Copyright © 2020 Horse Racing Business

THE FIRST AFRICAN AMERICAN KENTUCKY DERBY HORSE OWNER

Even though the 2020 Kentucky Derby has been postponed until September, May remains the month when Derby history most comes to mind.

People old enough to remember Jack Benny’s television series, which ran from October 1950 to September 1964, or his radio program before that, will recall the character Rochester, played by Edmund Lincoln Anderson (1905-1977).  Mr. Anderson is historically significant in American horse racing as the first African American to own a Kentucky Derby starter. The year was 1943, four years before Jackie Robinson became a member of the Brooklyn Dodgers and integrated Major League Baseball.

Following is an excerpt from the Notable Kentucky African American Database at the University of Kentucky, which describes what transpired when Mr. Anderson’s horse, named Burnt Cork, took on the eventual Triple Crown winner Count Fleet (the term “burnt cork” refers to makeup used by white blackface performers in old-time minstrel shows):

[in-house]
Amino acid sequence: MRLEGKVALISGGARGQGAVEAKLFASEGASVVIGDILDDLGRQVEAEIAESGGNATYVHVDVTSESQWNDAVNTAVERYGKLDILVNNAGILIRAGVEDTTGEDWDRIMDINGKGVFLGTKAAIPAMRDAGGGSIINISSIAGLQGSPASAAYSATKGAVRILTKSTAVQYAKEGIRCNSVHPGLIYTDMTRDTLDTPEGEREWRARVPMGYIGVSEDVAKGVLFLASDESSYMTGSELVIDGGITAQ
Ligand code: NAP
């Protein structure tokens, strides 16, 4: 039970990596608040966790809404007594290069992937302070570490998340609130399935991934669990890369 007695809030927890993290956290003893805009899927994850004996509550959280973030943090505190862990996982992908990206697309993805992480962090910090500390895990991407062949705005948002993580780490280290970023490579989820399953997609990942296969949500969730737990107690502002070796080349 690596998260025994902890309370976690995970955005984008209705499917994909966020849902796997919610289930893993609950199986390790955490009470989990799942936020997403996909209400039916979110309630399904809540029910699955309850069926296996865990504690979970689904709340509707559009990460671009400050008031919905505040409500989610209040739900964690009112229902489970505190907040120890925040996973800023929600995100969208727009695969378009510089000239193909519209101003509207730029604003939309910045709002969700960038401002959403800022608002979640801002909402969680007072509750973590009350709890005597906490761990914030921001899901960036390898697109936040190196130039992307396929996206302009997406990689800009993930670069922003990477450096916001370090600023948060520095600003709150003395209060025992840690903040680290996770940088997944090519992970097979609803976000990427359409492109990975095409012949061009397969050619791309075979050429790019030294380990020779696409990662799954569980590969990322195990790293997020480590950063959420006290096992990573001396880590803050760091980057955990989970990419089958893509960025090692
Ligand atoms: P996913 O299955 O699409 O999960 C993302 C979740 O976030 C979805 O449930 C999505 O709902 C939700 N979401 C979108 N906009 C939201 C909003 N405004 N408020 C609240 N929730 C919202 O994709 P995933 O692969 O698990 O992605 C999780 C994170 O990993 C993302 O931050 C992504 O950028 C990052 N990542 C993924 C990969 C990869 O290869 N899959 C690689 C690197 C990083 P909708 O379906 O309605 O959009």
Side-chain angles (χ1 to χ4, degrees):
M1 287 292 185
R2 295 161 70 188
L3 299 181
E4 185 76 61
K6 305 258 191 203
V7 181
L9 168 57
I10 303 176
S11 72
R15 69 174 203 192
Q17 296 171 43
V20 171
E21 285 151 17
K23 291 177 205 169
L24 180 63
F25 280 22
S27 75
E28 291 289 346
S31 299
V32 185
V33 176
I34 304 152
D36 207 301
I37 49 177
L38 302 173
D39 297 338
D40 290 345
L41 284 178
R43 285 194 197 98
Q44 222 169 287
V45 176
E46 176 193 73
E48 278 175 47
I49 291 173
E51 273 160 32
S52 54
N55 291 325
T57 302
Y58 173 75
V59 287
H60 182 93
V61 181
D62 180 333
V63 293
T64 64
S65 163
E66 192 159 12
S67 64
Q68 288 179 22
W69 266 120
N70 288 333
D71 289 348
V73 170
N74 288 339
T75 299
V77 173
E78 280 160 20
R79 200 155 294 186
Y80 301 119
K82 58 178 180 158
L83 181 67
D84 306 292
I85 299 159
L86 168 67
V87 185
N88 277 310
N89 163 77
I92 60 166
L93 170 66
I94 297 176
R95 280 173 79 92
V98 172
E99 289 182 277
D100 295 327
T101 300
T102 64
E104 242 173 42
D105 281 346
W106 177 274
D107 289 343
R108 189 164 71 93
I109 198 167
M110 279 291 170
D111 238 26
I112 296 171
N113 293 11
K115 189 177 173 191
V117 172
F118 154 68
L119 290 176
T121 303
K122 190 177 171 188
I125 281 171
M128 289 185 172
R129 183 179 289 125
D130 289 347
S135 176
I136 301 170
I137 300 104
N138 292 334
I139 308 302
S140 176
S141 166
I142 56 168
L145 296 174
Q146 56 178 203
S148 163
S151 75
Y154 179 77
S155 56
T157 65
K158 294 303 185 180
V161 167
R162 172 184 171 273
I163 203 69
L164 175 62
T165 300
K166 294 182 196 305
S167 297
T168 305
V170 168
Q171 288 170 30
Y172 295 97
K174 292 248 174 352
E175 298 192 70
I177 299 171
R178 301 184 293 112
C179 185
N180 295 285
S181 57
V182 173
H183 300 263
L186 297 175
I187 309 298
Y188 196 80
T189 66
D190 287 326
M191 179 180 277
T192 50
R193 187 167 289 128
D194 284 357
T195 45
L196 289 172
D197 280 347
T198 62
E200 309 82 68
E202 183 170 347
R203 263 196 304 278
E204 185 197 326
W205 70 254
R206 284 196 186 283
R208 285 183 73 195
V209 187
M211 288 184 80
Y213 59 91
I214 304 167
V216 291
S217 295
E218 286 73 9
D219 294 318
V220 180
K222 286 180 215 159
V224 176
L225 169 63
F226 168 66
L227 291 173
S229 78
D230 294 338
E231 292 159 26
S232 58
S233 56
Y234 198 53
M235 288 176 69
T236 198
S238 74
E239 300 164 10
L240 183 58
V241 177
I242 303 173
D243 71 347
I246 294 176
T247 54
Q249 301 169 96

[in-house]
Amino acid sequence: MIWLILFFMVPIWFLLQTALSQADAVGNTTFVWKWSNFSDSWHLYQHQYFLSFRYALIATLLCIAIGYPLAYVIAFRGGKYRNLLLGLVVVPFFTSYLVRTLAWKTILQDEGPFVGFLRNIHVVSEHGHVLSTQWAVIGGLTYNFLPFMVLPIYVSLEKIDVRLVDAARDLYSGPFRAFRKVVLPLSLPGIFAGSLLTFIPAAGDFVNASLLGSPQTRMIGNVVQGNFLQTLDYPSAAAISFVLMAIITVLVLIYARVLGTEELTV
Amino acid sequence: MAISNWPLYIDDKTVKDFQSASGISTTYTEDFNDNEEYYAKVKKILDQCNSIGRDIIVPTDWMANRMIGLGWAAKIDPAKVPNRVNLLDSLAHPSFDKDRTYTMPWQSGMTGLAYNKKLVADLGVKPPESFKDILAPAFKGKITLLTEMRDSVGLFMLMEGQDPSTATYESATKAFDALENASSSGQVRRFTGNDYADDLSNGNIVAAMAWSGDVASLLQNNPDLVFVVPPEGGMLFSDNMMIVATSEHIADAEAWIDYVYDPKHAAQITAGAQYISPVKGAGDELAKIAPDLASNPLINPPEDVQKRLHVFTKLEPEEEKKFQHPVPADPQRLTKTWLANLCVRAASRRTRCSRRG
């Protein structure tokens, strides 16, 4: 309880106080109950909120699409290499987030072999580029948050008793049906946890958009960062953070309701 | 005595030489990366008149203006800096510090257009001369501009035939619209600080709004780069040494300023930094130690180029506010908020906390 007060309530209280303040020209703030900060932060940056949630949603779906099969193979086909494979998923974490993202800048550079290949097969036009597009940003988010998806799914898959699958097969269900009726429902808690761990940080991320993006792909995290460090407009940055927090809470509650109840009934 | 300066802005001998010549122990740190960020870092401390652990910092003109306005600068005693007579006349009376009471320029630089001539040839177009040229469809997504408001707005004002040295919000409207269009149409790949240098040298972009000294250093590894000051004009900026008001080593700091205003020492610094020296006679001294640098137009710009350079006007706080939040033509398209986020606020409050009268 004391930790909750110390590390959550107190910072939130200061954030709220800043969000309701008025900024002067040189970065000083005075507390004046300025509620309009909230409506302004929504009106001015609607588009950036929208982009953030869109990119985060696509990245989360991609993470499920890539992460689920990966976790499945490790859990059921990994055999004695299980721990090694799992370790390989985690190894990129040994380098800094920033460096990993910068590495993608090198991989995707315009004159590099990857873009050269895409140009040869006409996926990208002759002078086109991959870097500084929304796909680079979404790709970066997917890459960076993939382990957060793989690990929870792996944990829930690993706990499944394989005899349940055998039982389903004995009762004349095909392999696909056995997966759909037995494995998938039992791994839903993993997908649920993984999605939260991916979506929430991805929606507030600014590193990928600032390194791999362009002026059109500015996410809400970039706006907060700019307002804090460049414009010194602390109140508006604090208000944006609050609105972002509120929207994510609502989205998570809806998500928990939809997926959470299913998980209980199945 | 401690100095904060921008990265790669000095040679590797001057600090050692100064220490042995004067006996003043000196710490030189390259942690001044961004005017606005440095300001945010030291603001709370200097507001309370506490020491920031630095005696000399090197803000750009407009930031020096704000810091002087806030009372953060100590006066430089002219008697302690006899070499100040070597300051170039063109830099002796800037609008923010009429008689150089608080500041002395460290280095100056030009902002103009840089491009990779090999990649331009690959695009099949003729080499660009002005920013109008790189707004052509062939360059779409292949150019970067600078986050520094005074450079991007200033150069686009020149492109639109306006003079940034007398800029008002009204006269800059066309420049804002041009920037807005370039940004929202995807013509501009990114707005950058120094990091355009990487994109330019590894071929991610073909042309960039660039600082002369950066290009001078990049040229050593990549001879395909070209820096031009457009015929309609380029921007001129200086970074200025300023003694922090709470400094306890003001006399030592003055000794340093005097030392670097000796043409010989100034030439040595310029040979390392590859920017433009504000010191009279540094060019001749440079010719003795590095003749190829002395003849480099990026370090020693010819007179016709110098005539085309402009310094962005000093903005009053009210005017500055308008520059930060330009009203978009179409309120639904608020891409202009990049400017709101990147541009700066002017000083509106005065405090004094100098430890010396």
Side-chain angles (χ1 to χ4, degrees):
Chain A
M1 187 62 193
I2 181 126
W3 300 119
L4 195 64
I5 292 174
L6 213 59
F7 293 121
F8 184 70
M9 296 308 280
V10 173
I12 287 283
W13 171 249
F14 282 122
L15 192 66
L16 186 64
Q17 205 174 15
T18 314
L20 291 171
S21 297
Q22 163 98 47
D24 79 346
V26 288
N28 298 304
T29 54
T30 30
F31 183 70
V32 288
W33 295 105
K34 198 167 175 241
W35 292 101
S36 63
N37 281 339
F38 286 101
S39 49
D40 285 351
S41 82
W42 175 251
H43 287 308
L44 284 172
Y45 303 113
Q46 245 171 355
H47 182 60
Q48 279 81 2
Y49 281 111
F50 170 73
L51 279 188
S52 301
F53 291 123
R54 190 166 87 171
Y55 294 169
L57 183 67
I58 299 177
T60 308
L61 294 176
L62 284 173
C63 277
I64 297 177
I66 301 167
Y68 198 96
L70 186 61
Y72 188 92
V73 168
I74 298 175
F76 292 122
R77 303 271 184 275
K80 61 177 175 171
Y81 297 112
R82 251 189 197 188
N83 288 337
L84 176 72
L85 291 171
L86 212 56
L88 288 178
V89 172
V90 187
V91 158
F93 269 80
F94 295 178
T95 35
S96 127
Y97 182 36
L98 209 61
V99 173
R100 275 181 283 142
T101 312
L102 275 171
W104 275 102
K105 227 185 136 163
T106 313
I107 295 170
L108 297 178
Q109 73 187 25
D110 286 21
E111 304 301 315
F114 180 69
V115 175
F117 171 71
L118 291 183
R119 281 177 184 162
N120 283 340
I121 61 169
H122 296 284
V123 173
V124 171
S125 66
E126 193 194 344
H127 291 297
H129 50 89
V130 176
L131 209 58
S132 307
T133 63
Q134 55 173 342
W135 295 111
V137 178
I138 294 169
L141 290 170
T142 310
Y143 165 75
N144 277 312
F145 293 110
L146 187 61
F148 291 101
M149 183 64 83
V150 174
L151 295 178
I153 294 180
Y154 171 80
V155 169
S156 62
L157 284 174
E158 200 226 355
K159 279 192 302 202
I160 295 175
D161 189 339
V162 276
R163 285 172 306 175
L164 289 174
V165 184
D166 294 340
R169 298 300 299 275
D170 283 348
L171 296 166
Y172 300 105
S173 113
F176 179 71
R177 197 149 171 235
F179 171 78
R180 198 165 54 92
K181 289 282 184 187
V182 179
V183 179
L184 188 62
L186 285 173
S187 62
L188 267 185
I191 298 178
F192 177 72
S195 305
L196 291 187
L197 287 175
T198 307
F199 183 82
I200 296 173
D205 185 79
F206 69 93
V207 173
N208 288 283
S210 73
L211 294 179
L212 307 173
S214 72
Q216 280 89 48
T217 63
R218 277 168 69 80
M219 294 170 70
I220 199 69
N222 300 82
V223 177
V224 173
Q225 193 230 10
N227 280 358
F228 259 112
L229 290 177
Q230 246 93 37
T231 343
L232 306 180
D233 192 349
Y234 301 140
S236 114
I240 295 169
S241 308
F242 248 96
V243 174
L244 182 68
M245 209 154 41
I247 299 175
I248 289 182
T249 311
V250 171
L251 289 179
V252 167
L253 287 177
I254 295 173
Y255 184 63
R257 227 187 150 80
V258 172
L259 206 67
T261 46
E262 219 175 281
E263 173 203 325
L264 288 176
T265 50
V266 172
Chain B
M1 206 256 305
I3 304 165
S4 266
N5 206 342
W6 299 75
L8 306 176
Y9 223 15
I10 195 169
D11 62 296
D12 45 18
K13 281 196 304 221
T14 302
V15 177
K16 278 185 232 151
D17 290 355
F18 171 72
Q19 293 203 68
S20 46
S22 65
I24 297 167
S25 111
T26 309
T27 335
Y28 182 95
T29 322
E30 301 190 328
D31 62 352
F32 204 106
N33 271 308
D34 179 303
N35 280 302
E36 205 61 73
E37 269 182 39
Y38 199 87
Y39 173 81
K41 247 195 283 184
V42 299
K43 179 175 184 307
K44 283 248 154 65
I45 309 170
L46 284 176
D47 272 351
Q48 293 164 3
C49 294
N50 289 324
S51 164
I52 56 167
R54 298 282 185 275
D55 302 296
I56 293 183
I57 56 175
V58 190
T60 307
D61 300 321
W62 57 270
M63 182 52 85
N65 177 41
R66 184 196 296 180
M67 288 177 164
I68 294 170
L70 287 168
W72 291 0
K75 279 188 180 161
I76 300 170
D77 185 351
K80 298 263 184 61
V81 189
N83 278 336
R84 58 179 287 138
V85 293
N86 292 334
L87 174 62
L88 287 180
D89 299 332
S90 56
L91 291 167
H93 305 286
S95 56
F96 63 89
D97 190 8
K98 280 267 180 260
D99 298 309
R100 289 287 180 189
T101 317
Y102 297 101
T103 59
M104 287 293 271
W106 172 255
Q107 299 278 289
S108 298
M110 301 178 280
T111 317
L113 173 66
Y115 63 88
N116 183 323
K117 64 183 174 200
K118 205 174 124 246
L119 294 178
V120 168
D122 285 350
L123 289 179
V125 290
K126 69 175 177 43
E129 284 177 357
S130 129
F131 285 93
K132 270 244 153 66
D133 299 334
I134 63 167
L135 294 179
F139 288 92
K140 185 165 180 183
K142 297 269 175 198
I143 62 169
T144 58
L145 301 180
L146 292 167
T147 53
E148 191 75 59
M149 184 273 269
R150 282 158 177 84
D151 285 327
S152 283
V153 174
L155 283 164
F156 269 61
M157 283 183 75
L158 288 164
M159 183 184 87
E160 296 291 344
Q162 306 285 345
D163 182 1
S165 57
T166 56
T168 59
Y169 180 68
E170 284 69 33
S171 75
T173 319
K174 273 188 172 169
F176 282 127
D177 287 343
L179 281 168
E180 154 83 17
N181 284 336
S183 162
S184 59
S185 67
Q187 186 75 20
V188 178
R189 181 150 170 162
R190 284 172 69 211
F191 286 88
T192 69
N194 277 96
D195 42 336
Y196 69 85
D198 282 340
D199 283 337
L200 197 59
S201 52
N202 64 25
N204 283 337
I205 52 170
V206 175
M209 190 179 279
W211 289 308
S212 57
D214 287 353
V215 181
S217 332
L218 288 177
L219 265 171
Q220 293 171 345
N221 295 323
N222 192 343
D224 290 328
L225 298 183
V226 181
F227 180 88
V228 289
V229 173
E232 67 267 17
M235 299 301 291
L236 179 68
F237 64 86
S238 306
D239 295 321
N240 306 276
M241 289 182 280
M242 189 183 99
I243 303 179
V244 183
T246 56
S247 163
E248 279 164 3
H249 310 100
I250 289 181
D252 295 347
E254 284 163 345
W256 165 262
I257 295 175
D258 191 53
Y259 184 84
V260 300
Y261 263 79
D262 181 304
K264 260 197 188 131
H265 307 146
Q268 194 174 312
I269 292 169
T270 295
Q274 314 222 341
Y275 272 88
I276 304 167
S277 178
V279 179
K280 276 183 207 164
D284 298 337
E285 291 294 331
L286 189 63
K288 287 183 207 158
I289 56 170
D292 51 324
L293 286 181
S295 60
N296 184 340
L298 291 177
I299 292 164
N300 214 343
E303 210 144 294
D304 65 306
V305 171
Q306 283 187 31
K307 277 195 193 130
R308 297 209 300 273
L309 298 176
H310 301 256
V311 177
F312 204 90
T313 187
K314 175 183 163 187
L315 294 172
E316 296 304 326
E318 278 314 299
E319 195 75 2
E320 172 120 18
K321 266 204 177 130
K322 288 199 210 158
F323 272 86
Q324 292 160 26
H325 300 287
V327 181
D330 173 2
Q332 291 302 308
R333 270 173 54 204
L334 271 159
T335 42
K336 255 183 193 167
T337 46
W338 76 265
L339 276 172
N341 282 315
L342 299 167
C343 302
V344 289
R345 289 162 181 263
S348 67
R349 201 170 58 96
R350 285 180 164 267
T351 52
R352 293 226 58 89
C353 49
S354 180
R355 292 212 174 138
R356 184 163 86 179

“Several newspapers around the country accused Anderson of entering Burnt Cork in the 1943 Kentucky Derby as a publicity stunt, and prior to the race, Anderson was advised not to enter his horse; its odds were 25-1.  Anderson would not be swayed, however; he attempted to hire jockey Carroll Bierman, who had won the 1940 Kentucky Derby with longshot Gallahadion. 

Anderson, his wife, and his valet stayed at the home of Kentucky House Member Mae Street Kidd in Louisville; the hotels in Louisville were segregated.  Mae Street Kidd did not care much for Eddie ‘Rochester’ Anderson, but got along well with his wife.  Kidd was invited to join the Andersons in their box during the derby.  Burnt Cork came in last place. He had come out of the gate fast, but quickly ran out of steam and came in 10th, 38 lengths behind the winner, Count Fleet, owned by Mrs. John D. Hertz.

Burnt Cork was ridden by jockey Manual Gonzalez and was trained by A. E. Silver.  Edmund Anderson was disappointed in his horse’s performance, but the loss became part of the comedy routine with Jack Benny ribbing ‘Rochester’ on air during The Jack Benny Program.  The newspapers and other comedians also poked fun at Anderson.  During 1943, there were more than 200 newspaper stories in the United States and Canada about Burnt Cork’s loss in the Kentucky Derby. Anderson continued to race Burnt Cork until the horse died in July of 1944 [of a natural cause].”